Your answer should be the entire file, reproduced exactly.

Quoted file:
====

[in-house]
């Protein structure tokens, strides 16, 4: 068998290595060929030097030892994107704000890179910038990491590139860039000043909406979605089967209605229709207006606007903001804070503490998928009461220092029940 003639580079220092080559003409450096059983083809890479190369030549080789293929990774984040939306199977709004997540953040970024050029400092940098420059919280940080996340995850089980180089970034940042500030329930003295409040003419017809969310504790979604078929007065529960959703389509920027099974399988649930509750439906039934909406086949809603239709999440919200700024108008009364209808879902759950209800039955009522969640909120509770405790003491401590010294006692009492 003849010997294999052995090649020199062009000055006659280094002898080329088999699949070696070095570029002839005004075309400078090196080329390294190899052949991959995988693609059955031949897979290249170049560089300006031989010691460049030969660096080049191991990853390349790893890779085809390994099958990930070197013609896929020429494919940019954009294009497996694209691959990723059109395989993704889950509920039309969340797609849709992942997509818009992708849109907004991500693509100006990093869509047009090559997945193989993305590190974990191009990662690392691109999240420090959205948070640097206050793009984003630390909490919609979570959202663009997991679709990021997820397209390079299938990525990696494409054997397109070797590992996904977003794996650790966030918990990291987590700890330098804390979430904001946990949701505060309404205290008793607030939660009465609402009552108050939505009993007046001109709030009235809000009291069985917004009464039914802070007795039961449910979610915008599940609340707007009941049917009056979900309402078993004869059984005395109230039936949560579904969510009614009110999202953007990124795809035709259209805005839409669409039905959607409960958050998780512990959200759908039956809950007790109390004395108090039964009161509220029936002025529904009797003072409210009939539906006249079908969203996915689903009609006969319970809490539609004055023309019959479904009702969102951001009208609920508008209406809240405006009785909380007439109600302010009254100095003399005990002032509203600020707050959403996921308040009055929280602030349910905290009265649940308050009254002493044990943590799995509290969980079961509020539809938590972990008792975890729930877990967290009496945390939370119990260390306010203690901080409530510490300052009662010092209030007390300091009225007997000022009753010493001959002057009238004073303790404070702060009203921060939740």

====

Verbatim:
[in-house]
């Protein structure tokens, strides 16, 4: 068998290595060929030097030892994107704000890179910038990491590139860039000043909406979605089967209605229709207006606007903001804070503490998928009461220092029940 003639580079220092080559003409450096059983083809890479190369030549080789293929990774984040939306199977709004997540953040970024050029400092940098420059919280940080996340995850089980180089970034940042500030329930003295409040003419017809969310504790979604078929007065529960959703389509920027099974399988649930509750439906039934909406086949809603239709999440919200700024108008009364209808879902759950209800039955009522969640909120509770405790003491401590010294006692009492 003849010997294999052995090649020199062009000055006659280094002898080329088999699949070696070095570029002839005004075309400078090196080329390294190899052949991959995988693609059955031949897979290249170049560089300006031989010691460049030969660096080049191991990853390349790893890779085809390994099958990930070197013609896929020429494919940019954009294009497996694209691959990723059109395989993704889950509920039309969340797609849709992942997509818009992708849109907004991500693509100006990093869509047009090559997945193989993305590190974990191009990662690392691109999240420090959205948070640097206050793009984003630390909490919609979570959202663009997991679709990021997820397209390079299938990525990696494409054997397109070797590992996904977003794996650790966030918990990291987590700890330098804390979430904001946990949701505060309404205290008793607030939660009465609402009552108050939505009993007046001109709030009235809000009291069985917004009464039914802070007795039961449910979610915008599940609340707007009941049917009056979900309402078993004869059984005395109230039936949560579904969510009614009110999202953007990124795809035709259209805005839409669409039905959607409960958050998780512990959200759908039956809950007790109390004395108090039964009161509220029936002025529904009797003072409210009939539906006249079908969203996915689903009609006969319970809490539609004055023309019959479904009702969102951001009208609920508008209406809240405006009785909380007439109600302010009254100095003399005990002032509203600020707050959403996921308040009055929280602030349910905290009265649940308050009254002493044990943590799995509290969980079961509020539809938590972990008792975890729930877990967290009496945390939370119990260390306010203690901080409530510490300052009662010092209030007390300091009225007997000022009753010493001959002057009238004073303790404070702060009203921060939740």